Smart Service Design Demands in the Fourth Industrial Revolution From a Sociotechnical Perspective


Recent technological changes have transformed the knowledge production process, opened previously unimaginable new possibilities, and developed unique values as knowledge creators for the future. These have involved the advent of digital or smart services, which naturally led to ‘smart service design’ in adjacent fields, especially those situated at the intersection of technology and service experiences, and require adaptation of design practices to cope with the new challenges and opportunities and deliver services of tomorrow. However, whether technology could subsume service delivery to such an extent that concepts of empathy, aesthetics, and design, not to mention the human touch, will fall by the wayside is controversial. Thus, this qualitative study was based on selected focus groups for a systemised understanding of service design practices from the perspective of sociotechnical transformation to explore a series of questions: How does the Service 4.0 concept impact the responsibilities of the service designer? 2) What new skills, tools, and methods should be made available when designing smart services? 3) How should current forms of service design education evolve to meet the demands of the future society?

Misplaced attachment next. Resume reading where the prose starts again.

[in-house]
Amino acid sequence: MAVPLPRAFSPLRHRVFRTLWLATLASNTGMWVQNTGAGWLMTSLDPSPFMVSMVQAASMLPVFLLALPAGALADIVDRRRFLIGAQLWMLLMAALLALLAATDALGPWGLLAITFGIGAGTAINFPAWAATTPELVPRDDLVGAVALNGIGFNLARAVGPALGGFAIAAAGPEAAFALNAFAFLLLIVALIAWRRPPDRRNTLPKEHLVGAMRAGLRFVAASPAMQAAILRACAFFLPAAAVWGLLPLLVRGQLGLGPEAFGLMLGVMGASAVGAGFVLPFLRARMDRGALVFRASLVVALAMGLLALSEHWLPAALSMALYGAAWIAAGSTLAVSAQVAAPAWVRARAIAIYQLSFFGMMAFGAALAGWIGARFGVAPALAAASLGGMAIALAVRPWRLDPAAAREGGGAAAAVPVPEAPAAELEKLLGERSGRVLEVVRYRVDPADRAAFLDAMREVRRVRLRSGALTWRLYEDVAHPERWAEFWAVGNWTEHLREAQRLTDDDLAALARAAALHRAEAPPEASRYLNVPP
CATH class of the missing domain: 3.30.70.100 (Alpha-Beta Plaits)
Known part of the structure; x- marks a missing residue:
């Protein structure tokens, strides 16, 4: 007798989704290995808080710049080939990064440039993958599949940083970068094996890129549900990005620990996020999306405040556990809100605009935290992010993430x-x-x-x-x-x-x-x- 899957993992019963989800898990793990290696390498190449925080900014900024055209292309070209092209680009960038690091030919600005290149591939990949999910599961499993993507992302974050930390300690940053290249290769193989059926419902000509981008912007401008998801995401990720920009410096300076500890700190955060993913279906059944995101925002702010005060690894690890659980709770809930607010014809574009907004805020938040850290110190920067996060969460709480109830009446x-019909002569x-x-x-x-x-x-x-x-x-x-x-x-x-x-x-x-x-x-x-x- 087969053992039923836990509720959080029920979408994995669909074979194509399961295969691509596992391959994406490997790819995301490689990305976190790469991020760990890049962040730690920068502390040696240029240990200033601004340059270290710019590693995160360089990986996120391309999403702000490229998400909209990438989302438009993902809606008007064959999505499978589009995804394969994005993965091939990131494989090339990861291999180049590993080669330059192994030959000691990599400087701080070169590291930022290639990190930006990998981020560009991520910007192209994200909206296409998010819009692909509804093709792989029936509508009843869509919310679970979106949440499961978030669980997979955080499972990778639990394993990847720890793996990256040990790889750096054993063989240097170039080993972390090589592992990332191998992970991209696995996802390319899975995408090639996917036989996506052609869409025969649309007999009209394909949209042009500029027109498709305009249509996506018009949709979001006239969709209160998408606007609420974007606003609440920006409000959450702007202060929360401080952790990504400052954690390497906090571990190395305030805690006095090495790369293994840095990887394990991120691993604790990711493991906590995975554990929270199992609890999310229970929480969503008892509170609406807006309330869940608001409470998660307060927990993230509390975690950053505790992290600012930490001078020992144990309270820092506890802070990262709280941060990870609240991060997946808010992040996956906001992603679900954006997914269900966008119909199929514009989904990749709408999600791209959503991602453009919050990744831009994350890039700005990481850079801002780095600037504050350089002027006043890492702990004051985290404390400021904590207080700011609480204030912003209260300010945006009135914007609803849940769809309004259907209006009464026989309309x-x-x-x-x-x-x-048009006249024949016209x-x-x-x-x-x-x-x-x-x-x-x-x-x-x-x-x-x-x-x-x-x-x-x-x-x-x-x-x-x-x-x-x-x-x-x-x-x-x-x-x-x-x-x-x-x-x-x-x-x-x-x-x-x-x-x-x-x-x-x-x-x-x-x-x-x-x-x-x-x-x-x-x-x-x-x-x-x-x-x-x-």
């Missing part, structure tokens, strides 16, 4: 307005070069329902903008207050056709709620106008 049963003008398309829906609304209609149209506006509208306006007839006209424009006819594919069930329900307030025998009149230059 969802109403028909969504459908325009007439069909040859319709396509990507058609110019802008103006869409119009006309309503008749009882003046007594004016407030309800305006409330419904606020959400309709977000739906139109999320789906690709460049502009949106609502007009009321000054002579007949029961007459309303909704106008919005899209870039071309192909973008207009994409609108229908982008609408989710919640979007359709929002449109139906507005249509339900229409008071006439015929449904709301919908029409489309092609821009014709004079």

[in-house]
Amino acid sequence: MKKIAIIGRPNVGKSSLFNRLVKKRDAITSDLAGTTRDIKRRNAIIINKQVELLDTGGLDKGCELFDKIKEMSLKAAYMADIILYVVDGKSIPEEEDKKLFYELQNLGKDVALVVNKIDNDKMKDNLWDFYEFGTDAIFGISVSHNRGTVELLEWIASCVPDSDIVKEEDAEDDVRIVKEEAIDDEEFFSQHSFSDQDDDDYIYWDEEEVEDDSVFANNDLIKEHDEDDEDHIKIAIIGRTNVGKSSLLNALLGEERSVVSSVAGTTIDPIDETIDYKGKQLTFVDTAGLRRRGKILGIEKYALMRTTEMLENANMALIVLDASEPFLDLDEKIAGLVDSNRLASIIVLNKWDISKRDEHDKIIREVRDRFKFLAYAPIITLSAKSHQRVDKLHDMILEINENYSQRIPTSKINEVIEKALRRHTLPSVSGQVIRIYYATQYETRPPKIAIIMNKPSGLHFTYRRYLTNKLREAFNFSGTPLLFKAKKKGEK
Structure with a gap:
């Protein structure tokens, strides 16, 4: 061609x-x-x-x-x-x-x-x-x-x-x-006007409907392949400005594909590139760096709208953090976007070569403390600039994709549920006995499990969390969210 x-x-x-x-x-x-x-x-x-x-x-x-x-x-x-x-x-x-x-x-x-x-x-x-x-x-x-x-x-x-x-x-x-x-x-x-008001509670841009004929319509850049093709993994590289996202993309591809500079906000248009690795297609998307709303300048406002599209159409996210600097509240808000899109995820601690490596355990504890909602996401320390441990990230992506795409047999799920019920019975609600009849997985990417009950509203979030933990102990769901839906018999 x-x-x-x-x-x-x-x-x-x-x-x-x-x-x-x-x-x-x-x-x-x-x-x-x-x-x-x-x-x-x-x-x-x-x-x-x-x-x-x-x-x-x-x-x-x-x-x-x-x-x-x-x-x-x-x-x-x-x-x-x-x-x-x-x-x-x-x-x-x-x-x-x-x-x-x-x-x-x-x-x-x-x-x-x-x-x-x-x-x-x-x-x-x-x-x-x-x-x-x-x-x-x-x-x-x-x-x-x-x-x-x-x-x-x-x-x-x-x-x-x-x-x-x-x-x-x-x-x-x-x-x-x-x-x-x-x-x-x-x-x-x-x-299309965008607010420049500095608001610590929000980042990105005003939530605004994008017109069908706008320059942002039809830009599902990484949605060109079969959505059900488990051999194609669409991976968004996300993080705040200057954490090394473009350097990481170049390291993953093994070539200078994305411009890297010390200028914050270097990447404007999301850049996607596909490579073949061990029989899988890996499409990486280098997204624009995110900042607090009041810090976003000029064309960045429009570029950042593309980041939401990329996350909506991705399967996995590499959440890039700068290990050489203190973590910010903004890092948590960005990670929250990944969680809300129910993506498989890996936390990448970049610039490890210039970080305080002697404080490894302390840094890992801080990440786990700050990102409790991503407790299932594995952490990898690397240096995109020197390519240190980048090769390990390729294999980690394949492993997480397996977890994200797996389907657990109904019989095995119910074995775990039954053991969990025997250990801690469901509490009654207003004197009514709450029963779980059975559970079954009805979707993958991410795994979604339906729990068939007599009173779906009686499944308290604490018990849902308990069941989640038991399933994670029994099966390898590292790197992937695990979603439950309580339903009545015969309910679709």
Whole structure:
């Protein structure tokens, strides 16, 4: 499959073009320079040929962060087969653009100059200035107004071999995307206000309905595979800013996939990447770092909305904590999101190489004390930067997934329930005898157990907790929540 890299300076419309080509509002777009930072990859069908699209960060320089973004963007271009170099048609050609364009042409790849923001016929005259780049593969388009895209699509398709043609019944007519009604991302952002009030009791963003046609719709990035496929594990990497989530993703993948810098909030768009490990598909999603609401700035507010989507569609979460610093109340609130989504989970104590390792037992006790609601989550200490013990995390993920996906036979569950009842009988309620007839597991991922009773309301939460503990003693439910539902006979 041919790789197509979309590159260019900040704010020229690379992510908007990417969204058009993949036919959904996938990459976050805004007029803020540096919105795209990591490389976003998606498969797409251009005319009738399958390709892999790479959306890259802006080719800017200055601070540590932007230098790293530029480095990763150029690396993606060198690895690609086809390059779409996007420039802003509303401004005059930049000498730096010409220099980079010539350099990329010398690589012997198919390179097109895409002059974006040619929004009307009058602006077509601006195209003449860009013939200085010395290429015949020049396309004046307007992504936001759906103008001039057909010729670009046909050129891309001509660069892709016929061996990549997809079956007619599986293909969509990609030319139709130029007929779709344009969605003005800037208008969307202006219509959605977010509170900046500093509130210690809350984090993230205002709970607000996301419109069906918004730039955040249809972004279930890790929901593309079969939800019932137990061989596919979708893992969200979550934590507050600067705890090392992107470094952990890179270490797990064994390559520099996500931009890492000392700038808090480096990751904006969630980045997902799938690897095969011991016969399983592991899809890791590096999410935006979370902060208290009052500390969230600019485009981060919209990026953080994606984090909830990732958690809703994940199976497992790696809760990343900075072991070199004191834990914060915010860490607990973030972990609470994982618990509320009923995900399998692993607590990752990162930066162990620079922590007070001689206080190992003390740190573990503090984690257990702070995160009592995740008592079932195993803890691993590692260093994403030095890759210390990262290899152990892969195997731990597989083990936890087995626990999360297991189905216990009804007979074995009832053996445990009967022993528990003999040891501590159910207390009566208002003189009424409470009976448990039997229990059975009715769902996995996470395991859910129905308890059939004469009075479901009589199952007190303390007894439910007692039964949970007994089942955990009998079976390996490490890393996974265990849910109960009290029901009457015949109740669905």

Author Information
Shera Hyunyim Park, The Hong Kong Polytechnic University, Hong Kong SAR

Paper Information
Conference: ECE2023
Stream: Curriculum Design & Development

This paper is part of the ECE2023 Conference Proceedings (View)
Full Paper
View / Download the full paper in a new tab/window

To cite this article:
Park S. (2023) Smart Service Design Demands in the Fourth Industrial Revolution From a Sociotechnical Perspective ISSN: 2188-1162 The European Conference on Education 2023: Official Conference Proceedings
To link to this article:

Virtual Presentation

Comments & Feedback

Place a comment using your LinkedIn profile


Share on activity feed

Powered by WP LinkPress

Share this Research

Posted by James Alexander Gordon